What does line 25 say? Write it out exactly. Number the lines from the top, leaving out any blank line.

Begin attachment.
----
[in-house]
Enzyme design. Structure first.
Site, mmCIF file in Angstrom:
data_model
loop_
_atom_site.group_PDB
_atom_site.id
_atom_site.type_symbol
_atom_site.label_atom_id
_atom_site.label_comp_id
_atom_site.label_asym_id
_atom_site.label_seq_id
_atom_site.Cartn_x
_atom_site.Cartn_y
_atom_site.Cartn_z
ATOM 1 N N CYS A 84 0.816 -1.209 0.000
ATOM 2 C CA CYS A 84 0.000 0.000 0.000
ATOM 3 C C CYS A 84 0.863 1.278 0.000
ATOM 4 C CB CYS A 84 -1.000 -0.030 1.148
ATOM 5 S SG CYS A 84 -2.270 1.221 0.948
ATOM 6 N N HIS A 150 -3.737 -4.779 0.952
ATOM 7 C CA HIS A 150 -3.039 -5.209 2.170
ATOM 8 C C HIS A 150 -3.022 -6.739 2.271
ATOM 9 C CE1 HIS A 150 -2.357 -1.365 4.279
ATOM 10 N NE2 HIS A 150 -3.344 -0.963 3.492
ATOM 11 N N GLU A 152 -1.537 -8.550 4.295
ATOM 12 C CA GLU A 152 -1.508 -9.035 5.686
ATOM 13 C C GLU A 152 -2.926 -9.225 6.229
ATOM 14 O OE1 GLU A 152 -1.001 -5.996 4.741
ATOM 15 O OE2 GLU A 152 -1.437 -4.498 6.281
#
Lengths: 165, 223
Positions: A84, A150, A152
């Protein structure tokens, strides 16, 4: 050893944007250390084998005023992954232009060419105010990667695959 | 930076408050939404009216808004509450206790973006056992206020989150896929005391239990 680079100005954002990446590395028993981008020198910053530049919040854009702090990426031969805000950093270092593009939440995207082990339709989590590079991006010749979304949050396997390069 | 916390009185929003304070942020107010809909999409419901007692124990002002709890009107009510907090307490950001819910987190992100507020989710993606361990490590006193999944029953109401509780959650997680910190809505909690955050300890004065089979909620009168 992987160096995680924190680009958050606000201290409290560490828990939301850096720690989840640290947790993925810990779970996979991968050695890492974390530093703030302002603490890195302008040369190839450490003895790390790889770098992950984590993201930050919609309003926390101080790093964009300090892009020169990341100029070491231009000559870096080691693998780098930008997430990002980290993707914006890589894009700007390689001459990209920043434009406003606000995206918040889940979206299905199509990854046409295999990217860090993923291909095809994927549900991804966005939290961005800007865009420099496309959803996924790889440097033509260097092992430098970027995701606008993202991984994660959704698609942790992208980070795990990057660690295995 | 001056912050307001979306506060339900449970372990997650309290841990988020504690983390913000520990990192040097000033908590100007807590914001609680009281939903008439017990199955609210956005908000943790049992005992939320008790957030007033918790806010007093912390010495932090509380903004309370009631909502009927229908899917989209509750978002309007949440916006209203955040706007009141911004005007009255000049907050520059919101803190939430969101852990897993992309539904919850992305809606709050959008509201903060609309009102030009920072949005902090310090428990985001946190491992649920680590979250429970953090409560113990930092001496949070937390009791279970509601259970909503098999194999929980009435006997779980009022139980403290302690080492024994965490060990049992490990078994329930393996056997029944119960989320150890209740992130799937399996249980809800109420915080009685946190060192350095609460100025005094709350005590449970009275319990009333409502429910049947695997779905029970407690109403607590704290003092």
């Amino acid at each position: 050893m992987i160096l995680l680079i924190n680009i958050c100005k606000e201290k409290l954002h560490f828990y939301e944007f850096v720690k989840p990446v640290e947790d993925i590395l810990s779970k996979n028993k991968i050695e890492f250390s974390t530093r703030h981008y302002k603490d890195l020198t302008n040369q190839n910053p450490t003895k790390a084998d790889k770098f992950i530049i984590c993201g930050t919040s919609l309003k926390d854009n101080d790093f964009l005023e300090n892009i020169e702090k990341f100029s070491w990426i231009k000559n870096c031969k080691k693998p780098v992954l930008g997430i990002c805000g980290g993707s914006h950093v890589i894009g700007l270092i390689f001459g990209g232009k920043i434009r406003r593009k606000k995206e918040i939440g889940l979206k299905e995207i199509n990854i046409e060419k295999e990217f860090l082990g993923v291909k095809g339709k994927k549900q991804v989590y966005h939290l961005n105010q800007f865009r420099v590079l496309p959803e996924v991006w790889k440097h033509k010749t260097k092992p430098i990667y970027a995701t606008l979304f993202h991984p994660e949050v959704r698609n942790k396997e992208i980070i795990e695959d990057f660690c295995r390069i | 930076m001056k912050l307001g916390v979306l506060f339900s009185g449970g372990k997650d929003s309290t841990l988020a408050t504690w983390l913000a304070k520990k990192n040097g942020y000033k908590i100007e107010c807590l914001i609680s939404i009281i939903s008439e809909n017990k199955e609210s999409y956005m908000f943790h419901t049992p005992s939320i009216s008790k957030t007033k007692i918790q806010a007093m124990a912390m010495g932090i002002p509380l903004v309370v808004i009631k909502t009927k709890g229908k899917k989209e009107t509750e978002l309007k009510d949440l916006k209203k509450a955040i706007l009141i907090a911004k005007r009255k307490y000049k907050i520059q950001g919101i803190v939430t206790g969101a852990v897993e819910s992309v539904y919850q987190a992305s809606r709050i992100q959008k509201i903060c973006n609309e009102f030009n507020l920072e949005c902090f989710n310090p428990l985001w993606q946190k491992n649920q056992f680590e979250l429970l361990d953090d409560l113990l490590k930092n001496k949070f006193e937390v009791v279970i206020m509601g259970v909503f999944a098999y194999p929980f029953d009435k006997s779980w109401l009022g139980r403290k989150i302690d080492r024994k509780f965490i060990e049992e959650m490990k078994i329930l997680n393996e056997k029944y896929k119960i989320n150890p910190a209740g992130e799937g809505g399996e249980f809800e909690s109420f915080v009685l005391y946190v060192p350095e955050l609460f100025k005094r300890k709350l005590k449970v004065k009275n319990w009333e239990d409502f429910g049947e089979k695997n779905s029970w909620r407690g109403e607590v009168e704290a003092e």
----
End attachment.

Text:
ATOM 10 N NE2 HIS A 150 -3.344 -0.963 3.492